Language & Gender

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  • Language & Gender
    • Linguists
      • Peter Trudgill
        • women tend to use standard grammar and pronunciation more than men do - men seek covert prestige whilst women seek overt
      • Julia Stanley
        • more words for men and many of the words for women have sexual overtones - there are 220 words for a sexually promiscuous female and only 20 for a male
      • Herriman
        • words for physical attractiveness collocated most frequently with 'woman' whereas height, abilities or personality collocated most with man
      • Jennifer Coats
        • men talk about impersonal topics and will hold the floor and will rarely feature overlapping. They will linguistically spar eachother through banter which is playful conflict to create solidarity
      • Lakoff
        • women's language includes hedging, super polite forms, italics, tag questions, avoidance of coarse language or expletives, apologies, overuse of qualifiers
      • Zimmerman and West
        • men interrupt women often to assert dominance in mixed sex conversation as a form of constraints on womens' contributions
      • Deborah Tanner
        • women want support, intimacy, proposals, understanding, feelings and compromise whereas men want status, independence, advice, action, conflict, information and orders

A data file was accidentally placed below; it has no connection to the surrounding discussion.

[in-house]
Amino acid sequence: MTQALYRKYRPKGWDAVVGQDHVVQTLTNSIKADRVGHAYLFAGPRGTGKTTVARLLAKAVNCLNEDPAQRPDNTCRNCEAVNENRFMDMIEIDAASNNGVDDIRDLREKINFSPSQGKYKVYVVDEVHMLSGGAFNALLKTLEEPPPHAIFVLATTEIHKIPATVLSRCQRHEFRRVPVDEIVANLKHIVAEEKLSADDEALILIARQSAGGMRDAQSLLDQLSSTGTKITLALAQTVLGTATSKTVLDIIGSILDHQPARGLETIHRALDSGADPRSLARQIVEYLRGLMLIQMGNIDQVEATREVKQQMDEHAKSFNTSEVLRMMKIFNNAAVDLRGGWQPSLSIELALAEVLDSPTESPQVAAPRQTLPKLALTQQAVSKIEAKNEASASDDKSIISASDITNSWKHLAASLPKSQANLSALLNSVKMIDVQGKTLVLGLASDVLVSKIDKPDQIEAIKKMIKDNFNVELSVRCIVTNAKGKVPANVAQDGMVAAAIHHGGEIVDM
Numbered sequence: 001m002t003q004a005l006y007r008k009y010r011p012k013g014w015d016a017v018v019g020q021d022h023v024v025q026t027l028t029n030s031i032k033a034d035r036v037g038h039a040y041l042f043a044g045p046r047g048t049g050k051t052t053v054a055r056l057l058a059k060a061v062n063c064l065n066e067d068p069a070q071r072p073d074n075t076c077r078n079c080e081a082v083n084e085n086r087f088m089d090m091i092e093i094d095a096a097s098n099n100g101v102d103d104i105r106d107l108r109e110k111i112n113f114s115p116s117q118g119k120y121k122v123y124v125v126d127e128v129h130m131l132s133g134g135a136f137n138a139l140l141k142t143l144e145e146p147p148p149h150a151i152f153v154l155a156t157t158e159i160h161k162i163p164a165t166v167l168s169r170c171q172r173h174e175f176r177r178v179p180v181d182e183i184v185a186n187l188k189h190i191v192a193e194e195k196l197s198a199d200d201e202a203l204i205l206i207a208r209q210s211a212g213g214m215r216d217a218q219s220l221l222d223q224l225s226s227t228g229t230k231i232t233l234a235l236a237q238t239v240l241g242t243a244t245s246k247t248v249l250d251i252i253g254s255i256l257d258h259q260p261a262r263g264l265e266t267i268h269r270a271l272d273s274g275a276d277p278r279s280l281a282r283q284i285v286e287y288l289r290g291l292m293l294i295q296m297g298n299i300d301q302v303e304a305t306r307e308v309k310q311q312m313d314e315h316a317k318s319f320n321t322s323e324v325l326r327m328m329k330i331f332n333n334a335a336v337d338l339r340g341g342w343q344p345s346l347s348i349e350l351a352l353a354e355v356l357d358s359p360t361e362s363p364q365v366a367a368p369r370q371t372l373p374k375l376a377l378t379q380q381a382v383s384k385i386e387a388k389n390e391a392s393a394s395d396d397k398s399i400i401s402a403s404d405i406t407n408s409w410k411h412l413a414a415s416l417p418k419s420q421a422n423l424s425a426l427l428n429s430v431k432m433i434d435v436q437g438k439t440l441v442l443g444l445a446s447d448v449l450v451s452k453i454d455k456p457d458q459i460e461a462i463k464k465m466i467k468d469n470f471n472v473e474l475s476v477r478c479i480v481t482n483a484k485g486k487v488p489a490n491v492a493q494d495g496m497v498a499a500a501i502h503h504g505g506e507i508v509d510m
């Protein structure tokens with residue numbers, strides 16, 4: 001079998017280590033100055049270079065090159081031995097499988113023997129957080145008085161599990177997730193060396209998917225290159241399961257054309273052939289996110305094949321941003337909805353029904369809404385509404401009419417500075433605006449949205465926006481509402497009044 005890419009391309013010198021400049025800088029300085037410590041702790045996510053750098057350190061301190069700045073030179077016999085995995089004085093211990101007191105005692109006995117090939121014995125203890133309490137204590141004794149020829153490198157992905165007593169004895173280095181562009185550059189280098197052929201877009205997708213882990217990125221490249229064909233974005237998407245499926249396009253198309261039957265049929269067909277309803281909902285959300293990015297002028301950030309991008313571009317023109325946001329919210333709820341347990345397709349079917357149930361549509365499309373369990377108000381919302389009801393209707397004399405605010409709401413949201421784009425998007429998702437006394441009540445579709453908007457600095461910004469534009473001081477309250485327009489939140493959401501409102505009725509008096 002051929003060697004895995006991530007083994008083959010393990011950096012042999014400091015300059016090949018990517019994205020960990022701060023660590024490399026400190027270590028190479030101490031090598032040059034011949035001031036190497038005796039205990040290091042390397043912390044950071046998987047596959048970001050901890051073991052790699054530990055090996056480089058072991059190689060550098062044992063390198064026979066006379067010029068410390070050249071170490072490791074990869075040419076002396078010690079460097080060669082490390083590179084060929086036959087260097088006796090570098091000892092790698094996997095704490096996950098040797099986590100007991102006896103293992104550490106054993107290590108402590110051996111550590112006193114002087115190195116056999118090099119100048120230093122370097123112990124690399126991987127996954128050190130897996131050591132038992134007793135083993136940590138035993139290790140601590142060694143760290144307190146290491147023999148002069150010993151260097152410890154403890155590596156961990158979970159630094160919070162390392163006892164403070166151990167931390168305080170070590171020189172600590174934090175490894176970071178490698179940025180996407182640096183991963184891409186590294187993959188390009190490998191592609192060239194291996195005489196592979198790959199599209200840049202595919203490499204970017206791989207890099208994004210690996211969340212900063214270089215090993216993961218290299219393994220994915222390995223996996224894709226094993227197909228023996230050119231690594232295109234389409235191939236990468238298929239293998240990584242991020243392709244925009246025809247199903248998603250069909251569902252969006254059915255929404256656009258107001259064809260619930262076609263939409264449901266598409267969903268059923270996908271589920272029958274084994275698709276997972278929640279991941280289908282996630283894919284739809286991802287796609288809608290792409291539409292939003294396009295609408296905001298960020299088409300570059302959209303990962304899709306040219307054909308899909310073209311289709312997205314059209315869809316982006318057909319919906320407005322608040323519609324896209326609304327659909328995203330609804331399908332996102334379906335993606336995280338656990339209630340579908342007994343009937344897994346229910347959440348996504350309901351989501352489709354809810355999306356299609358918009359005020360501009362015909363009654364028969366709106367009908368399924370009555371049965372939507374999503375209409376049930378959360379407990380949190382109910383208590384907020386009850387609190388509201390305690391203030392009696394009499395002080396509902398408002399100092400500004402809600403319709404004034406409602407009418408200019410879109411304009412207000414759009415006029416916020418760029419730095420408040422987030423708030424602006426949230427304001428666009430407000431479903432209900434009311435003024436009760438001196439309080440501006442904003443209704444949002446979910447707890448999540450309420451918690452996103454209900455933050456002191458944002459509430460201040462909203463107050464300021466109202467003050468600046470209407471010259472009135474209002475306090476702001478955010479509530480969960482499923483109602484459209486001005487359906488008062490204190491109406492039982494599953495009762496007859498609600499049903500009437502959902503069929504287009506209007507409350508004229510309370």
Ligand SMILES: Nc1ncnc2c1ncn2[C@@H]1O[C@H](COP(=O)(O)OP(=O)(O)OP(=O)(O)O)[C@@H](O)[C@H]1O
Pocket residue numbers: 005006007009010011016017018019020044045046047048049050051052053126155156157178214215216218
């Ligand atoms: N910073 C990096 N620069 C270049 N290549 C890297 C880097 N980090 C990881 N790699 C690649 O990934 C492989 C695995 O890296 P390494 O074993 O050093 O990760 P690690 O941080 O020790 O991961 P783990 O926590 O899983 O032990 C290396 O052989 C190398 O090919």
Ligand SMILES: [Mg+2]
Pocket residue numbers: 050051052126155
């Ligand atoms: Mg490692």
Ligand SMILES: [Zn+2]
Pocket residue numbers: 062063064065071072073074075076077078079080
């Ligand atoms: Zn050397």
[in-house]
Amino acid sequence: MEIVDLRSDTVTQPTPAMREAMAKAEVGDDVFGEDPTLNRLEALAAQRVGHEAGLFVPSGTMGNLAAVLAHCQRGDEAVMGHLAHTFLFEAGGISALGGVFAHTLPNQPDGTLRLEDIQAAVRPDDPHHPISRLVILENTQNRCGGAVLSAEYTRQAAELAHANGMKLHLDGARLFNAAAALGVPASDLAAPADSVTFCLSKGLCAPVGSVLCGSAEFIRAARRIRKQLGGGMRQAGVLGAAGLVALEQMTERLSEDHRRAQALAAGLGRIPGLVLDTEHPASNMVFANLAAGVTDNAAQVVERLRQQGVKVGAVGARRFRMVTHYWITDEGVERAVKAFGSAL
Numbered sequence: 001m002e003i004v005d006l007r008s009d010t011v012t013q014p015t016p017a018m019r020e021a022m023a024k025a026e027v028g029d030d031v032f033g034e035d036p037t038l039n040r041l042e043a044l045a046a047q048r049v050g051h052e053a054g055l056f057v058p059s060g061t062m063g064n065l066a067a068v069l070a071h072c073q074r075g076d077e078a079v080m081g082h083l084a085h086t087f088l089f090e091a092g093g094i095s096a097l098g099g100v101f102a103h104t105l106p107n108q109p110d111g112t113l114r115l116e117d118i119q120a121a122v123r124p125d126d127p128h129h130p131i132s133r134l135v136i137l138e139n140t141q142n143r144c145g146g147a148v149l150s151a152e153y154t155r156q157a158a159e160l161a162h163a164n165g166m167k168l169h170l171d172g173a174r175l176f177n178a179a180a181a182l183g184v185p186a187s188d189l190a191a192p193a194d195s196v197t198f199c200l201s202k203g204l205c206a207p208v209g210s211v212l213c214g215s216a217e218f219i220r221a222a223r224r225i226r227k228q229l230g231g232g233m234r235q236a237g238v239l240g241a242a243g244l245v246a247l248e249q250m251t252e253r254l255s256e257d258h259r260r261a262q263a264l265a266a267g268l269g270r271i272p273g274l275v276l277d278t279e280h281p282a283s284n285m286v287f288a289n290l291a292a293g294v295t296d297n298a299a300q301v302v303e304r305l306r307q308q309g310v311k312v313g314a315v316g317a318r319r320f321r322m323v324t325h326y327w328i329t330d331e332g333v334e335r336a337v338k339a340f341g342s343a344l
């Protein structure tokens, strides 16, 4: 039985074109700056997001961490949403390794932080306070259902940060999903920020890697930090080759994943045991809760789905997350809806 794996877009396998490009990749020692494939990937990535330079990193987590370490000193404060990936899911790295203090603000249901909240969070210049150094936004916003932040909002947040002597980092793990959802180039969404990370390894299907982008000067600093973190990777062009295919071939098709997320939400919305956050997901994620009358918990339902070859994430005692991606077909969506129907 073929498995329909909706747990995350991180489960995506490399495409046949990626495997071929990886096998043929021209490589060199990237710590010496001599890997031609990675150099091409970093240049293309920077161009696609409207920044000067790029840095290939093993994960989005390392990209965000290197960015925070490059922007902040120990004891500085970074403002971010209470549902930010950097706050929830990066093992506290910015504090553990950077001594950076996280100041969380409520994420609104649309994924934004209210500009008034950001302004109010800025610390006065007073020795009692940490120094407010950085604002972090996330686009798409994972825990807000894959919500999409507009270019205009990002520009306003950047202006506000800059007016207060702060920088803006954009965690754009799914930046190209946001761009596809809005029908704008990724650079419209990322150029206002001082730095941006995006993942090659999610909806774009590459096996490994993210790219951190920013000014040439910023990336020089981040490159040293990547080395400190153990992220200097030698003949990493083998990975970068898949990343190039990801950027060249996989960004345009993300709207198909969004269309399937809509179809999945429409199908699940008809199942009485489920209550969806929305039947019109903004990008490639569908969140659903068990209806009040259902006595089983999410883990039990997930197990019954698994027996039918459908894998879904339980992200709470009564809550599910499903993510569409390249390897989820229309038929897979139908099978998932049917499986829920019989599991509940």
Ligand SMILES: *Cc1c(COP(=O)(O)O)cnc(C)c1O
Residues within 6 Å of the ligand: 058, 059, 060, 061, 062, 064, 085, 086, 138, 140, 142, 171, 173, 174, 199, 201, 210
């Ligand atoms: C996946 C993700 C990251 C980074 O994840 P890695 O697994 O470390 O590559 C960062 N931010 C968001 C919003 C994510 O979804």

• Jeperson
        • women's vocabulary is less extensive than men's
      • Jannet Holmes
        • words that were originally affectionate or neutral have undergone semantic deterioration and have gained negative connotations - metaphors for women are either based on food or animals
    • Key Terms
      • Pejoration
        • a shift in semantic meaning that leads to a less favourable connotation over time
      • Socialisation
        • conditioning people as they grow up to perform and conform to certain social roles and behaviours
      • Marked Form
        • that which stands out as different from the norm (lady doctor, male nurse)
      • folk linguistics
        • attitudes and assumptions about language that have no real evidence to support them (women talk more)
      • Lexical Asymmetry
        • words that are unequal in their associations or connotations
      • false generic
        • the masculine pronoun 'he' is used generically to refer to both males and females when it is not gender neutral


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